Articles By All

Path: /nba/matt-barnes-talked-trash-james-harden%E2%80%99s-mom

This Sunday is Mother’s Day. You should think of the woman who brought you into this world fondly: Give her a call, send her some flowers, perhaps even have a meal with her if she’s not too far from your area code. Be a nice son or daughter.


Whatever you do, though, don’t bring her near Matt Barnes. The Los Angeles Clippers forward crossed the trash-talk line this past Wednesday, when he had some crass words for the mother of MVP runner-up James Harden of the Houston Rockets.


What exactly was said? Who knows. It did spark some nostalgic moralizing from Rockets head coach Kevin McHale, though. "I heard about some of that stuff. You don't say anything to [mothers],” he said following the contest. “If you got something to say, say it to the guy you're playing against. I never thought of talking bad to Magic [Johnson's] mother. It's hard enough talking trash to Magic. 


“We all talk smack. But my goodness, that thought never even crossed your mind… from what I heard, that's just not right. I came from an era where everybody talked smack and there was a lot of stuff going on. Not like that. It was much more: 'I'm going to kick your ass, what are you going to say about that?' Go from there.”


The last time a second-round rumor circulated about somebody’s mother at this level, it involved LeBron James, Delonte West, an affair, and a Cleveland Cavaliers season that ended on a strange, sour note just months before James infamously took his talents to South Beach.


While the tension between Barnes and Harden certainly hasn’t gotten to that intense of a place, this subplot does make the Clippers-Rockets showdown all the more heated and interesting. How the two players relate in Game 3 of their 1-1 series in Los Angeles, tonight, will be worth observing.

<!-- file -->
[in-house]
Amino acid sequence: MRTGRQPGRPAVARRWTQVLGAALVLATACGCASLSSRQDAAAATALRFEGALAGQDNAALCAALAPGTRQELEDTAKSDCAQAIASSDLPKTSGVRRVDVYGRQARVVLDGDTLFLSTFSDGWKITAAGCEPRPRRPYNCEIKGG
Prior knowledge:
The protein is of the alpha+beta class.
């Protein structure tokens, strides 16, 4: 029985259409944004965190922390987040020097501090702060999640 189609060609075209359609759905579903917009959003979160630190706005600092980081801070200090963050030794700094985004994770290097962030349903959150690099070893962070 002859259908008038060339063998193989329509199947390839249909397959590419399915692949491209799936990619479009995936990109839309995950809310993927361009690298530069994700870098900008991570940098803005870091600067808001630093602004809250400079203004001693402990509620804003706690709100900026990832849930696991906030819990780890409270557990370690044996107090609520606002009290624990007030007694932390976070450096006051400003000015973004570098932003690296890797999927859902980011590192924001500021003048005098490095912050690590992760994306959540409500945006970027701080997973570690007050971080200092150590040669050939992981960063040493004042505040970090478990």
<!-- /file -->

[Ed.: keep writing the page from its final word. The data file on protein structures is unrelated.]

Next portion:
— John Wilmes


Post date: Friday, May 8, 2015 - 15:20
All taxonomy terms: NBA
Path: /wizards-coach-randy-wittman-michael-lee-article-john-wall-washington

It's safe to say Randy Wittman won't be reading a Michael Lee article anytime soon.


The Wizards coach called the Washington Post journalist out for his article about John Wall and the team. In the article, Lee wrote that Wall was clashing with team doctors. Those accusations didn't please Wittman.


"What was reported today by Micahael Lee was a flat-out lie," Wittman said.




Post date: Friday, May 8, 2015 - 14:57
All taxonomy terms: NBA, Overtime
Path: /tim-duncan-skydiving-las-vegas-san-antonio-spurs

Tim Duncan is usually still playing basketball this time of the year. To see him off the court is a odd sight.


The Spurs early playoff exit is causing "The Big Fundamental" to do things he wouldn't normally do. Duncan went skydiving in Las Vegas to ease his pain. It's odd seeing a man his size doing any kind of extreme activity, but he does still play competitive basketball so what do we know?



We can throw out that "Duncan is old" idea now.

Post date: Friday, May 8, 2015 - 14:13
All taxonomy terms: NFL, Overtime
Path: /keith-olbermann-tom-brady-suspend-year-patriots-new-england-alex-rodriguez

Keith Olbermann never one to hold his tongue.


The late night host recently unloaded on Tom Brady and the Patriots, as everyone seems to be doing, about the Deflategate scandal. Olbermann suggests a year suspension for the Patriots quarterback.